When was the last time you poured over the newspaper’s classified section looking for a place to rent or delivered a lease application form at the offices of your local real estate agency? Several years ago, right? Technology has significantly changed the process of securing a rental apartment over the last decade. From the way we search for property, and interact with real estate agents, to the experience living in an apartment. Here’s a closer look at the digital era of apartment renting and the gadgets, tools and technology the real estate industry is using to making our property hunt more convenient and accessible than ever before.
Where we are
Modern property listings are a significant step up from the chunks of text of yesteryear crammed into the classifieds section of newspaper. It is now possible to view hundreds of properties at once online and contact the agency via a contact form. In the past, one had to drive a significant distance to another suburb to view a property only to discover that the apartment is different to what was promised in the ad. High-definition galleries now give potential tenants a first glimpse at the property before they decide to view the place in person.
Real estate portals, such as Private Property, have brought together a wider selection of listings from different agencies under one roof. There’s no need to hop from one website to the next as you can compare hundreds of rental prices side by side, giving you a better chance of finding a place that suits your needs.
You now even don’t need to actively search for property to stay on top of the latest listings. Many real estate agencies have an app with a property feed that pushes daily notifications to your smartphone. It’s similar to signing up for a newsletter, however, with a property app you don’t have to log into your email email account as you’ll receive notifications related to your preferences, for example property to rent in Johannesburg, on your home screen. With administration services also moving online, the hassle of paperwork shifting from printing documents to sign, upload and send electronically to a paperless lease has become a reality. With platforms like Dropbox and Docusign, you can store files online and submit them even when you’re away on holiday.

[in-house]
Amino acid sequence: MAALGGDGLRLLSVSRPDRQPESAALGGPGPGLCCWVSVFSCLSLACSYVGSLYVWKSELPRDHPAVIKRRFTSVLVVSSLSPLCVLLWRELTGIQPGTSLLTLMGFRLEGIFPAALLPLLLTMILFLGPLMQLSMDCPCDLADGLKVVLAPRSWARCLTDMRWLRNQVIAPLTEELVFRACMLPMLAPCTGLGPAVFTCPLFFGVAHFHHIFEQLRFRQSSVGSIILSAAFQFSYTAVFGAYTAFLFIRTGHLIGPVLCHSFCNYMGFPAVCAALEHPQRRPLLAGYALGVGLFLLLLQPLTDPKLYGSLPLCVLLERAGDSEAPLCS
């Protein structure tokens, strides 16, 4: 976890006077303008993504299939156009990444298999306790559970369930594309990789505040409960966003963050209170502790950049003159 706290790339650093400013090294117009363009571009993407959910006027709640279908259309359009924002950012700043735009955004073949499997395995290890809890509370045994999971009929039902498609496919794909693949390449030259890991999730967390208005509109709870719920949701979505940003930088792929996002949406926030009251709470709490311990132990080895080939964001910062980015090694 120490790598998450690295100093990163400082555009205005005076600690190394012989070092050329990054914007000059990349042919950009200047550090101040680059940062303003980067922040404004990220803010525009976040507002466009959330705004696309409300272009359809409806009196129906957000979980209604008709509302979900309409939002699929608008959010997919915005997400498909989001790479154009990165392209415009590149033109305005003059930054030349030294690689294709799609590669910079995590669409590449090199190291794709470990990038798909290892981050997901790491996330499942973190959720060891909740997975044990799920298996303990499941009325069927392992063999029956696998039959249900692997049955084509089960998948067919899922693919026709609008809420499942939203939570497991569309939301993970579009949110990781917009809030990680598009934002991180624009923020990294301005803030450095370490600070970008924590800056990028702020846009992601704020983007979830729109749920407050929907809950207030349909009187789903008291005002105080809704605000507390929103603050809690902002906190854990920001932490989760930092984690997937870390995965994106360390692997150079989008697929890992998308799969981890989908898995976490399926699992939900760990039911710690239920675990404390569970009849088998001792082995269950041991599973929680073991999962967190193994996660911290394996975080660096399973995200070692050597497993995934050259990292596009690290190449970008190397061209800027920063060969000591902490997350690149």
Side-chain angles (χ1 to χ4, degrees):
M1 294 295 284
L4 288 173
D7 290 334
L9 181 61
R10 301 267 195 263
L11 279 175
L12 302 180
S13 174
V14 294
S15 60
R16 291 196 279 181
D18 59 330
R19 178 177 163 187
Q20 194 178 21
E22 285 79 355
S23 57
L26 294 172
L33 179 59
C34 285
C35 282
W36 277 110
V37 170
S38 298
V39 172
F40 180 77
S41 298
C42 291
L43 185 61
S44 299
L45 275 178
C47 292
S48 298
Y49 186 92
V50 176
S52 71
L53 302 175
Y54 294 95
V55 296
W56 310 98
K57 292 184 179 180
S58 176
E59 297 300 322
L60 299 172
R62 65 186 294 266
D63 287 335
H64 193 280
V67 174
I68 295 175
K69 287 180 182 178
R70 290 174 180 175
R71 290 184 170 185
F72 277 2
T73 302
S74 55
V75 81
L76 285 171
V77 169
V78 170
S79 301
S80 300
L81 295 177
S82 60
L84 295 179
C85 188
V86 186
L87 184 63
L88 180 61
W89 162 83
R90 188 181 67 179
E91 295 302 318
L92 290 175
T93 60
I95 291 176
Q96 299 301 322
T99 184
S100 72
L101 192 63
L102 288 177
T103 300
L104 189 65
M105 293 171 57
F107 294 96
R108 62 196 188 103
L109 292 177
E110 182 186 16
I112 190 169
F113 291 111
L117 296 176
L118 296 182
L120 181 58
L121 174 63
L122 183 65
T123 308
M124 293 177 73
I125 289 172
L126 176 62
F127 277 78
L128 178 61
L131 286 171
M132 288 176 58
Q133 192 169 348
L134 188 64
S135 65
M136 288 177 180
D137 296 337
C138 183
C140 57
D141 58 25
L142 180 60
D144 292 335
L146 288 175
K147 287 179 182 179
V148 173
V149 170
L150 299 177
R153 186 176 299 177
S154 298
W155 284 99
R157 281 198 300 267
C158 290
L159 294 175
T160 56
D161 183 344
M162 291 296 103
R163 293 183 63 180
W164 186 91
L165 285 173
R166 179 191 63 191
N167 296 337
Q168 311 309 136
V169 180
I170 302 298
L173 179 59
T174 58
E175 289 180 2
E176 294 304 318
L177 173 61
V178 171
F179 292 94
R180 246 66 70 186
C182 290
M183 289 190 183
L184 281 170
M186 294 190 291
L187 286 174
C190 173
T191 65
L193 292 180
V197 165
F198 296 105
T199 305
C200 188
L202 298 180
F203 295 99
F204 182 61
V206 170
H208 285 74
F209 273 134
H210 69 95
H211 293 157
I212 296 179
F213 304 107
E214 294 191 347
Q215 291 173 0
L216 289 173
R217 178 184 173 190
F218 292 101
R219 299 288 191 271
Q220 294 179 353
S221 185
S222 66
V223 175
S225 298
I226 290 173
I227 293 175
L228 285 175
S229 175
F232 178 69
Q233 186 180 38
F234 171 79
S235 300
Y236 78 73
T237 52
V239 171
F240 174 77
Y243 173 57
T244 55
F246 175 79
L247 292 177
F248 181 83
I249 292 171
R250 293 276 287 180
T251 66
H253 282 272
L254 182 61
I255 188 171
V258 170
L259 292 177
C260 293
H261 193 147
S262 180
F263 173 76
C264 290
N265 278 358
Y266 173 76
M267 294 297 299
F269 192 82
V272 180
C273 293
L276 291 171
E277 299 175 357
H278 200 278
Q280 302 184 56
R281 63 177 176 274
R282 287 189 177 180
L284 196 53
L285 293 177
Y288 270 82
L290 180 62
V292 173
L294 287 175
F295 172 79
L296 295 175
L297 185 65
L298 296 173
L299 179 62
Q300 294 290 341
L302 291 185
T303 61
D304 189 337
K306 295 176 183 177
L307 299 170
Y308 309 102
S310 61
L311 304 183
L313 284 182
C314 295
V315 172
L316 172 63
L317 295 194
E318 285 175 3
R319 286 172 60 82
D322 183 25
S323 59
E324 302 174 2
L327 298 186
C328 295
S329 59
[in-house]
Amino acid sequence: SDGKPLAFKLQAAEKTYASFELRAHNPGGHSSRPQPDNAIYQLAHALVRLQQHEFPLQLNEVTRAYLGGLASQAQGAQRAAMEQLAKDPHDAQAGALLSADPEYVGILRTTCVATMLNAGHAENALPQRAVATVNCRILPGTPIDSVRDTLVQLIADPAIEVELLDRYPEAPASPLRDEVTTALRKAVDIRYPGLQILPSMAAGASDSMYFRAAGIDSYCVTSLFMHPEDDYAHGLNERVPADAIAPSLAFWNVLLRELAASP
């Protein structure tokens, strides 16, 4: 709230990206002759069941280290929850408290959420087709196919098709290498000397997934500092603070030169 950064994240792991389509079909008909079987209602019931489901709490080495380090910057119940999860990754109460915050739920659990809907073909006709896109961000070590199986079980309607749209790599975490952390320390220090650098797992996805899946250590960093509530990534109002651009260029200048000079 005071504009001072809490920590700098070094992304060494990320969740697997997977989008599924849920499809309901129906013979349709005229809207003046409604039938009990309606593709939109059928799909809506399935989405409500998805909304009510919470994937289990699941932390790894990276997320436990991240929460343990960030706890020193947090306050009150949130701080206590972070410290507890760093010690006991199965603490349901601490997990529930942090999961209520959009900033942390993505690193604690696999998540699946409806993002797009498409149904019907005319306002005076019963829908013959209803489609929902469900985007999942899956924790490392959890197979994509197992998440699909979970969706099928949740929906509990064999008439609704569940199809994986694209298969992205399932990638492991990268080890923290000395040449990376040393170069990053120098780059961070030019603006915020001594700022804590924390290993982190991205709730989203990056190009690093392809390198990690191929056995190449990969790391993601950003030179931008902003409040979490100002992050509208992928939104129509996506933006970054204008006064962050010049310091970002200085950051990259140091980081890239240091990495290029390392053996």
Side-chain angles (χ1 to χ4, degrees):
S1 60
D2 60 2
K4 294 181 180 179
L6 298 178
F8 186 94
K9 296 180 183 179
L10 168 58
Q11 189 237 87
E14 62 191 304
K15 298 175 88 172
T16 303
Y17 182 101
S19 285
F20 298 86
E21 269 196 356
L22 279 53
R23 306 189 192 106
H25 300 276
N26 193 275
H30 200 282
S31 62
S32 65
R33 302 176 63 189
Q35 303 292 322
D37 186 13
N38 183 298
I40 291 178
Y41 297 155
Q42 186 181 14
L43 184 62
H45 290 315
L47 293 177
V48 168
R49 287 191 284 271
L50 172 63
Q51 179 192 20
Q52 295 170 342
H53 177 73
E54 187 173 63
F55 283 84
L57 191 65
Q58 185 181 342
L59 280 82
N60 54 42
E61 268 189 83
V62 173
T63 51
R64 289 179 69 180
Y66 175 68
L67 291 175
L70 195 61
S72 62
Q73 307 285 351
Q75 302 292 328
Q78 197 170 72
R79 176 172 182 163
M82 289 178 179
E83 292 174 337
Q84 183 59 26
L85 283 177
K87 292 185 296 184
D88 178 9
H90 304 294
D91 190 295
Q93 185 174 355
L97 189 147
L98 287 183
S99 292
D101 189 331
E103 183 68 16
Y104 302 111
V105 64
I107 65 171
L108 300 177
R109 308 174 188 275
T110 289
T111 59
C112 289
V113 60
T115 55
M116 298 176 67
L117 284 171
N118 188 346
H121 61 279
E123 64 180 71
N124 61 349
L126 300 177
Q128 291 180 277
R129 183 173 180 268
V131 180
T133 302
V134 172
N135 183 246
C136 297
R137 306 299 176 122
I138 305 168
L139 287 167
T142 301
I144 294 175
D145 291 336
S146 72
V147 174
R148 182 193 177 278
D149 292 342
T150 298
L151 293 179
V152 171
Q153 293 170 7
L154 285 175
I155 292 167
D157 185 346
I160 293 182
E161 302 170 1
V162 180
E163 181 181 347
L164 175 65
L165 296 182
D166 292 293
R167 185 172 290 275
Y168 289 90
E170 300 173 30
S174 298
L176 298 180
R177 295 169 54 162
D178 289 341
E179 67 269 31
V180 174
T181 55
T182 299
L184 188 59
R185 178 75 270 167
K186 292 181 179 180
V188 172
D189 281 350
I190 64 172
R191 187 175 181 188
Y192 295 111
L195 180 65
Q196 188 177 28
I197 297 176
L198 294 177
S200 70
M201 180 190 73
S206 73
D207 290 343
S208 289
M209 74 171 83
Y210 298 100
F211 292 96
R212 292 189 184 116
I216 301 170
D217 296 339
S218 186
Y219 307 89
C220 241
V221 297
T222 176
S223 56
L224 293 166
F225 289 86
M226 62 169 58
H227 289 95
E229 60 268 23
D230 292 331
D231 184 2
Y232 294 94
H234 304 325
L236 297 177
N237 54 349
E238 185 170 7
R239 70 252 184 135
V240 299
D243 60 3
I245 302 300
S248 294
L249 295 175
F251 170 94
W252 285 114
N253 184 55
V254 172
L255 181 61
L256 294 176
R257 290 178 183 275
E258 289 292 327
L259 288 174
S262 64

Where we’re headed to
As the digital revolution took hold, two of the most exciting developments we saw were 3D virtual tours and suburb drone footage replacing or accompanying property images and neighbourhood guides. While it is expected that these trends will continue, we might also see real estate websites add upgraded features so that they are more responsive to changing tenant demands.
For example, real estate companies are currently experimenting with artificial intelligence to create ads tailored for individual users. Using past behaviour on the website, the technology can analyse searches and interests to compile a list of properties best suited for different users. Another emerging technology with massive potential in the real estate sector is virtual reality. With headsets becoming more widespread, users can experience immersive 3D walkthroughs of different properties without having to leave their homes. Finally, the next big thing in apartment renting is the integration of smart technology in newly built units. Landlords are appealing to tenants by automating basic functions. Smart doors and
gates, electronic devices that can be operated via an app, and AI-powered lighting are all set to simplify apartment access and control in the future.
In summary, real estate companies are taking advantage of technological innovation to enhance their customer service. In this digitally smart age, customers now want personalised interactions and connected experiences when searching for property. Technology is helping estate agents to meet that expectation.